Then the Delhi train arrived and things got spicy.  Swarms of shouting people poured towards what did actually look like a large red toy train.  In many places this would be a novelty, tourist type affair, but this is an important transport link.  Smaller than a normal train, with bigger windows and nice white curtains, I became strangely nostalgic about a childhood hobby I never had.

Sikh porters with luminous pink turbans and died henna-red (ginger) beards bashed me out-of-the-way, heavy leather suitcases balanced on the pink.  I found a man with a clipboard and was informed that this was not my train (although my ticket said it was) and I’d have to wait until further notice, indefinitely, possibly for a long time, possibly not.  I sensed he did not know.  The prospect of another night in my Kalka cell filled me with dread.  I drowned my sorrow with chai, biscuit, banana, chai, fruit cake (with no fruit in it or fruity flavour), coffee.

I noticed a blue mini diesel engine, like an estate car on rails, chugging out of the station.  The VIP’s were off, I bet they had a mini bar and probably a toilet.  They looked at me, bleary eyed and dejected, like a particularly pitiful zoo exhibit.  They looked super rich, I looked super scruffy and didn’t care.  Being the only gringo around, I was attracting quite a crowd.  They watched opened mouthed as I dipped my digestive into another chai, obviously impressed with my technique.  Many stooped closer now and watched with intent as I made these entries into my notebook.  It can get a little claustrophobic at times.  One bold lad walked straight up to me and said ‘You hold your pen very well’, then walked off to confer with his mates.  They laughed.  I was not that amused really.  He came back ‘That is my cousin’ pointing out a tiny girl with teeth like an unfinished jigsaw, cutely smiling and waving.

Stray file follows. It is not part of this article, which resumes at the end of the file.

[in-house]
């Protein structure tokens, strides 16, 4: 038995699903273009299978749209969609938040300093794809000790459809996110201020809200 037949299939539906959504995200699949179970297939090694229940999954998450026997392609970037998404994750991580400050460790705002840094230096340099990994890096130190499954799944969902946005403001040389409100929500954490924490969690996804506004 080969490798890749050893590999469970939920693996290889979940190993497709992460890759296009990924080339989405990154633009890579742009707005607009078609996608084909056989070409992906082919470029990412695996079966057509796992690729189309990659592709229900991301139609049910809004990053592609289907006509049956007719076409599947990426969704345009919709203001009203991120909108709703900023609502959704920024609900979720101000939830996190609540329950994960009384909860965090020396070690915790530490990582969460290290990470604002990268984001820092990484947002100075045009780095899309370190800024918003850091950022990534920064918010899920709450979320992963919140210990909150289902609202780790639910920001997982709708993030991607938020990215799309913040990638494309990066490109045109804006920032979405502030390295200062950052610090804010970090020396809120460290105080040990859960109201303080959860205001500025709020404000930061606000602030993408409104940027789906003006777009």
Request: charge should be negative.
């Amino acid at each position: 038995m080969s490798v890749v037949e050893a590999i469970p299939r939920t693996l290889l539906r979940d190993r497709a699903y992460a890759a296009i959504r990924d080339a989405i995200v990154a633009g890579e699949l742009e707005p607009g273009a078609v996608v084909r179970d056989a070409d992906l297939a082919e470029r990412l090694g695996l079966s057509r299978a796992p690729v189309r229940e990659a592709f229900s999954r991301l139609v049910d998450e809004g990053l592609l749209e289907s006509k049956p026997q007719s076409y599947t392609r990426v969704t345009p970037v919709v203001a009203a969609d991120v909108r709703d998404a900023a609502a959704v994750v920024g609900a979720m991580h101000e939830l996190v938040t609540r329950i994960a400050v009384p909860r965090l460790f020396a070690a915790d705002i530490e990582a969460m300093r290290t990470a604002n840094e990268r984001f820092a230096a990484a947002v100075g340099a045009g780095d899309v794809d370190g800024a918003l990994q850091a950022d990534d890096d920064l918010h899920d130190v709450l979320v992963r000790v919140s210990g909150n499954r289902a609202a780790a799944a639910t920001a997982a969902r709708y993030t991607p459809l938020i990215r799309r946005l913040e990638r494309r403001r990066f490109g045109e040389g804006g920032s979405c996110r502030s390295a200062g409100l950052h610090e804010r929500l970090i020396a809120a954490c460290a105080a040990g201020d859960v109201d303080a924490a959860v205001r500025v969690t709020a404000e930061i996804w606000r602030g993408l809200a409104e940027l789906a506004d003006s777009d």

I, with a little persuasion and stern talk, secured a seat on the next train.  The train had a well beaten roof, comfortable seats and carried its age with an air functional dignity, a lot like the entire station and its fixtures and fittings.  I was facing the economy train, the mail car was full of cardboard boxes and the passenger carriages full of eyes and smiles.  It was after 7 and the sweat flowed freely.  I sat down and waited for what I hoped would be worth this.

I had a great view of the diesel engine directly in front of me, the burly Sikh driver wobbled his head at me reassuringly.  Lets get rolling.  People brushing their teeth on the platform waved us off.  We shuddered out of the station and continue apace, or at a pace of around 10 miles an hour.  Slow and steady.  The diesel began to spew out black smoke directly into our carriage.  The railway police waved at us, holding their lathis (sticks) like lethal weapons, not much thinner than themselves.